33. Gole, A.; Murphy, C. J. Chem. Mater. 2004, 16, 3633–3640. doi:10.1021/cm0492336
    Return to citation in text: [1] [2] [3]
  34. Smolensky, E. D.; Neary, M. C.; Zhou, Y.; Berquo, T. S.; Pierre, V. C. Chem. Commun. 2011, 47, 2149–2151. doi:10.1039/C0CC03746J
    Return to citation in text: [1]
  35. Gregorio-Jauregui, K. M.; Pineda, M. G.; Rivera-Salinas, J. E.; Hurtado, G.; Saade, H.; Martinez, J. L.; Ilyina, A.; López, R. G. J. Nanomater. 2012, 2012, No. 813958. doi:10.1155/2012/813958
    Return to citation in text: [1] [2] [3]
  36. Ishizaka, T.; Ishigaki, A.; Kawanami, H.; Suzuki, A.; Suzuki, T. M. J. Colloid Interface Sci. 2012, 367, 135–138. doi:10.1016/j.jcis.2011.10.027
    Return to citation in text: [1] [2]
  37. Mahmoudi, M.; Sant, S.; Wang, B.; Laurent, S.; Sen, T. Adv. Drug Delivery Rev. 2011, 63, 24–46. doi:10.1016/j.addr.2010.05.006
    Return to citation in text: [1]
  38. Chen, S.-P.; Yu, X.-D.; Xu, J.-J.; Chen, H.-Y. Biosens. Bioelectron. 2011, 26, 4779–4784. doi:10.1016/j.bios.2011.06.001
    Return to citation in text: [1] [2] [3] [4]
  39. de Britto, D.; de Assis, O. B. G. Int. J. Biol. Macromol. 2007, 41, 198–203. doi:10.1016/j.ijbiomac.2007.02.005
    Return to citation in text: [1] [2] [3]
  40. Dung, D. T. K.; Hai, T. H.; Long, B. D.; Truc, P. N. J. Phys.: Conf. Ser. 2009, 187, 012036. doi:10.1088/1742-6596/187/1/012036
    Return to citation in text: [1]
  41. Qiu, Y.; Ma, Z.; Hu, P. J. Mater. Chem. A 2014, 2, 13471–13478. doi:10.1039/C4TA02268H
    Return to citation in text: [1]
  42. Robinson, I.; Tung, L. D.; Maenosono, S.; Wälti, C.; Thanh, N. T. K. Nanoscale 2010, 2, 2624–2630. doi:10.1039/c0nr00621a
    Return to citation in text: [1] [2]
  43. Darwish, M. S. A.; Peuker, U.; Kunz, U.; Turek, T. J. Mater. Sci. 2011, 46, 2123–2134. doi:10.1007/s10853-010-5048-5
    Return to citation in text: [1]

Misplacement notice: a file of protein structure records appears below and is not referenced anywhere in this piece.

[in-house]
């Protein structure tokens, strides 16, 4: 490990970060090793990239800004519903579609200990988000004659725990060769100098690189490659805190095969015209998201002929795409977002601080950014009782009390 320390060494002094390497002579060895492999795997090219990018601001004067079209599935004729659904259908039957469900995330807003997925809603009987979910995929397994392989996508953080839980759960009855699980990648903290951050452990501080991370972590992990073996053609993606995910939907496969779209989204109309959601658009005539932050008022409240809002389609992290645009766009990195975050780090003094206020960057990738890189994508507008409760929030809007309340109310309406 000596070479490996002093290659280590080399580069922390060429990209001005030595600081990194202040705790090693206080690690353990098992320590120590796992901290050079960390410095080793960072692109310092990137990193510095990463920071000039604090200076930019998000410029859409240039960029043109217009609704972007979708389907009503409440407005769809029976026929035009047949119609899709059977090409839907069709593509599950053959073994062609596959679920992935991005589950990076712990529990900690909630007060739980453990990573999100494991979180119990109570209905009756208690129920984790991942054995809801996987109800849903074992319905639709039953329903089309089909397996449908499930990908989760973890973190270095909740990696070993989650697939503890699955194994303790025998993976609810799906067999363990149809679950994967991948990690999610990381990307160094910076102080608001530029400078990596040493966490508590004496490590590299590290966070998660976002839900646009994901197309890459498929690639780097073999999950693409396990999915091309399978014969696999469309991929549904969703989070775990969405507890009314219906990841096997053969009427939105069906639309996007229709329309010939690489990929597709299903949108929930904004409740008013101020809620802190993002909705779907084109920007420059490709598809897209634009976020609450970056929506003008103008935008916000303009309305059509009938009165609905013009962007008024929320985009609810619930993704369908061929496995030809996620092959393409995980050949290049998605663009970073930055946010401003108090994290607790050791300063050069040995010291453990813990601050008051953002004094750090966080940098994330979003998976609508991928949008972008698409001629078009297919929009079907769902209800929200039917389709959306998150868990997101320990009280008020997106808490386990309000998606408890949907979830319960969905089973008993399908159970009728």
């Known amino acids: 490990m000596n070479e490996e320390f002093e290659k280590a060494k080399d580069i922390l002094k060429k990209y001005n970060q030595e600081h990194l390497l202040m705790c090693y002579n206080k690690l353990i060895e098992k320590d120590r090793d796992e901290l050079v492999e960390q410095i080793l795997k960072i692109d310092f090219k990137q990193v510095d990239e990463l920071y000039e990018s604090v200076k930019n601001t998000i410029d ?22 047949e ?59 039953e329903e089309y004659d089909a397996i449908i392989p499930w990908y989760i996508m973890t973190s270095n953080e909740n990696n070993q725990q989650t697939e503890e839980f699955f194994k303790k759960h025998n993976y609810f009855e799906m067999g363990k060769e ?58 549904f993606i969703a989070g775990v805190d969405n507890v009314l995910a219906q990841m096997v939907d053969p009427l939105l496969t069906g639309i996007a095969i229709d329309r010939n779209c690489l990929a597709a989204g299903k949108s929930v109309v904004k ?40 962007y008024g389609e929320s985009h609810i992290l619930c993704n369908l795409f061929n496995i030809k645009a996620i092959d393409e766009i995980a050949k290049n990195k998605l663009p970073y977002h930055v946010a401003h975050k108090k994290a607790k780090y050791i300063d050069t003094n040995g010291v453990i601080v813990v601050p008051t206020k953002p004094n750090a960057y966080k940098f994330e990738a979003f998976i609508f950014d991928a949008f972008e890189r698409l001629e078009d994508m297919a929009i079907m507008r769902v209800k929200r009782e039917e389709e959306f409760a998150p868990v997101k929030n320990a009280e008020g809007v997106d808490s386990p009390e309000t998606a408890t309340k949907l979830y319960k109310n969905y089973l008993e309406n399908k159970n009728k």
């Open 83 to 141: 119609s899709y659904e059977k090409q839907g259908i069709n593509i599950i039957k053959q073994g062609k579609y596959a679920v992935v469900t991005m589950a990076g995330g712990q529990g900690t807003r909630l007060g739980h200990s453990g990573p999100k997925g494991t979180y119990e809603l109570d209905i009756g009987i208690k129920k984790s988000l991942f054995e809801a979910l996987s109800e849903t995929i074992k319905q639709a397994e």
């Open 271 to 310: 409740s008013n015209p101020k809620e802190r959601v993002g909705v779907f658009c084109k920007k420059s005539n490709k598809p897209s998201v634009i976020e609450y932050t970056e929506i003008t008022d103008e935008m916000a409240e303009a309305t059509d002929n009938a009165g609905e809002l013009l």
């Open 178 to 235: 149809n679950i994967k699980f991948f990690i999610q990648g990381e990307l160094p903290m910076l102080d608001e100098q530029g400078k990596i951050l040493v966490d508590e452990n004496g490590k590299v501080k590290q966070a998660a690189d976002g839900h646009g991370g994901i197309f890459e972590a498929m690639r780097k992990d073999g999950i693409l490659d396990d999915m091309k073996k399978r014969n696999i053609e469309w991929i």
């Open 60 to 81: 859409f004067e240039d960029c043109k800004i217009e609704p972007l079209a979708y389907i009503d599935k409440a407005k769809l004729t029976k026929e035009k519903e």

44. Salehizadeh, H.; Hekmatian, E.; Sadeghi, M.; Kennedy, K. J. Nanobiotechnol. 2012, 10, No. 3. doi:10.1186/1477-3155-10-1
    Return to citation in text: [1]
  45. Belessi, V.; Zboril, R.; Tucek, J.; Mashlan, M.; Tzitzios, V.; Petridis, D. Chem. Mater. 2008, 20, 3298–3305. doi:10.1021/cm702990t
    Return to citation in text: [1]
  46. Mohammad, F.; Arfin, T. Adv. Mater. Lett. 2014, 5, 315–324. doi:10.5185/amlett.2014.amwc.1030
    Return to citation in text: [1]
  47. Naqvi, S.; Samim, M.; Abdin, M. Z.; Ahmed, F. J.; Maitra, A. N.; Prashant, C. K.; Dinda, A. K. Int. J. Nanomed. 2010, 5, 983–989. doi:10.2147/IJN.S13244
    Return to citation in text: [1]
  48. Vijayakumar, S.; Ganesan, S. J. Nanomater. 2012, 2012, No. 734398. doi:10.1155/2012/734398
    Return to citation in text: [1] [2]
  49. Wang, H.; Shrestha, T. B.; Basel, M. T.; Dani, R. K.; Seo, G.-M.; Balivada, S.; Pyle, M. M.; Prock, H.; Koper, O. B.; Thapa, P. S.; Moore, D.; Li, P.; Chikan, V.; Troyer, D. L.; Bossmann, S. H. Beilstein J. Nanotechnol. 2012, 3, 444–455. doi:10.3762/bjnano.3.51
    Return to citation in text: [1]
  50. Kayal, S.; Ramanujan, R. V. J. Nanosci. Nanotechnol. 2010, 10, 5527–5539. doi:10.1166/jnn.2010.2461
    Return to citation in text: [1]
  51. Vongchan, P.; Wutti-In, Y.; Sajomsang, W.; Gonil, P.; Kothan, S.; Linhardt, R. J. Carbohydr. Polym. 2011, 85, 215–220. doi:10.1016/j.carbpol.2011.02.018
    Return to citation in text: [1]
  52. Sajomsang, W.; Tantayanon, S.; Tangpasuthadol, V.; Daly, W. H. Carbohydr. Polym. 2008, 72, 740–750. doi:10.1016/j.carbpol.2007.10.023
    Return to citation in text: [1]
  53. Mourya, V. K.; Inamdar, N. N. J. Mater. Sci.: Mater. Med. 2009, 20, 1057–1079. doi:10.1007/s10856-008-3659-z
    Return to citation in text: [1]
  54. Babič, M.; Horák, D.; Lukash, L. L.; Ruban, T. A.; Kolomiets, Y. N.; Shpylova, S. P.; Grypych, O. A. Beilstein J. Nanotechnol. 2014, 5, 1732–1737. doi:10.3762/bjnano.5.183
    Return to citation in text: [1]

Interesting articles

Mykola Borzenkov, Piersandro Pallavicini, Angelo Taglietti, Laura D’Alfonso, Maddalena Collini and Giuseppe Chirico

Maria Suciu, Corina M. Ionescu, Alexandra Ciorita, Septimiu C. Tripon, Dragos Nica, Hani Al-Salami and Lucian Barbu-Tudoran

Sonia M. Lombardo, Marc Schneider, Akif E. Türeli and Nazende Günday Türeli

© 2015 Shirazi et al; licensee Beilstein-Institut.
This is an Open Access article under the terms of the Creative Commons Attribution License (, which permits unrestricted use, distribution, and reproduction in any medium, provided the original work is properly cited.
The license is subject to the Beilstein Journal of Nanotechnology terms and conditions: (

Back to Article List

Other Beilstein-Institut Open Science Activities

Keep Informed

RSS Feed

Subscribe to our Latest Articles RSS Feed.


Follow the Beilstein-Institut


Twitter: @BeilsteinInst